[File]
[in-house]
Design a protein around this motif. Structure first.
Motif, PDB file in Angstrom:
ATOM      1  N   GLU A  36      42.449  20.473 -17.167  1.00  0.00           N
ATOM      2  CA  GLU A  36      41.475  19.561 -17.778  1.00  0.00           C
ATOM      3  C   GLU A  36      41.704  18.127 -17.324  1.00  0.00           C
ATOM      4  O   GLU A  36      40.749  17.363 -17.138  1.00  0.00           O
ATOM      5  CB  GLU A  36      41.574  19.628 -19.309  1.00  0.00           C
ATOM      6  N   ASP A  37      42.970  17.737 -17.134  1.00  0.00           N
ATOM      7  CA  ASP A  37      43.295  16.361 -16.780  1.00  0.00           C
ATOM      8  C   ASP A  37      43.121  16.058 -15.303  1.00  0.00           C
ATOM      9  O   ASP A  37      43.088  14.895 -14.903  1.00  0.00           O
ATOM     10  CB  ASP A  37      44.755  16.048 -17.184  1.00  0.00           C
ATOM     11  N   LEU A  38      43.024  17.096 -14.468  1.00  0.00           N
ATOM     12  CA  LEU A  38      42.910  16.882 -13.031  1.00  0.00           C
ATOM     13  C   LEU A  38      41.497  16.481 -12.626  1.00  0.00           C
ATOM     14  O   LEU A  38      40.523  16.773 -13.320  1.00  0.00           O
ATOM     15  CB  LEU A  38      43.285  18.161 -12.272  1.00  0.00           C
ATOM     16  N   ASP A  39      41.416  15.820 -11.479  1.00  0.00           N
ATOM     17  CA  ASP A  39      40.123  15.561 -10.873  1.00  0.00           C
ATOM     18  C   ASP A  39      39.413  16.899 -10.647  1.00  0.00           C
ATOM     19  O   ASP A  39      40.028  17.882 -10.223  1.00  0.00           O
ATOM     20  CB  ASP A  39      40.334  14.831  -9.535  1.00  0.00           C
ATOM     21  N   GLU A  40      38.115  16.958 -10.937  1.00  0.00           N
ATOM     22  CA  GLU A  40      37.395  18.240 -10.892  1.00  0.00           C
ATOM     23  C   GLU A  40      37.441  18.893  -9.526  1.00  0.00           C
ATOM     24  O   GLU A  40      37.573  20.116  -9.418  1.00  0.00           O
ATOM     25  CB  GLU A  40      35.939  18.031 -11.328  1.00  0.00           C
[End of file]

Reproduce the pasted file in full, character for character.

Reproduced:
[in-house]
Design a protein around this motif. Structure first.
Motif, PDB file in Angstrom:
ATOM      1  N   GLU A  36      42.449  20.473 -17.167  1.00  0.00           N
ATOM      2  CA  GLU A  36      41.475  19.561 -17.778  1.00  0.00           C
ATOM      3  C   GLU A  36      41.704  18.127 -17.324  1.00  0.00           C
ATOM      4  O   GLU A  36      40.749  17.363 -17.138  1.00  0.00           O
ATOM      5  CB  GLU A  36      41.574  19.628 -19.309  1.00  0.00           C
ATOM      6  N   ASP A  37      42.970  17.737 -17.134  1.00  0.00           N
ATOM      7  CA  ASP A  37      43.295  16.361 -16.780  1.00  0.00           C
ATOM      8  C   ASP A  37      43.121  16.058 -15.303  1.00  0.00           C
ATOM      9  O   ASP A  37      43.088  14.895 -14.903  1.00  0.00           O
ATOM     10  CB  ASP A  37      44.755  16.048 -17.184  1.00  0.00           C
ATOM     11  N   LEU A  38      43.024  17.096 -14.468  1.00  0.00           N
ATOM     12  CA  LEU A  38      42.910  16.882 -13.031  1.00  0.00           C
ATOM     13  C   LEU A  38      41.497  16.481 -12.626  1.00  0.00           C
ATOM     14  O   LEU A  38      40.523  16.773 -13.320  1.00  0.00           O
ATOM     15  CB  LEU A  38      43.285  18.161 -12.272  1.00  0.00           C
ATOM     16  N   ASP A  39      41.416  15.820 -11.479  1.00  0.00           N
ATOM     17  CA  ASP A  39      40.123  15.561 -10.873  1.00  0.00           C
ATOM     18  C   ASP A  39      39.413  16.899 -10.647  1.00  0.00           C
ATOM     19  O   ASP A  39      40.028  17.882 -10.223  1.00  0.00           O
ATOM     20  CB  ASP A  39      40.334  14.831  -9.535  1.00  0.00           C
ATOM     21  N   GLU A  40      38.115  16.958 -10.937  1.00  0.00           N
ATOM     22  CA  GLU A  40      37.395  18.240 -10.892  1.00  0.00           C
ATOM     23  C   GLU A  40      37.441  18.893  -9.526  1.00  0.00           C
ATOM     24  O   GLU A  40      37.573  20.116  -9.418  1.00  0.00           O
ATOM     25  CB  GLU A  40      35.939  18.031 -11.328  1.00  0.00           C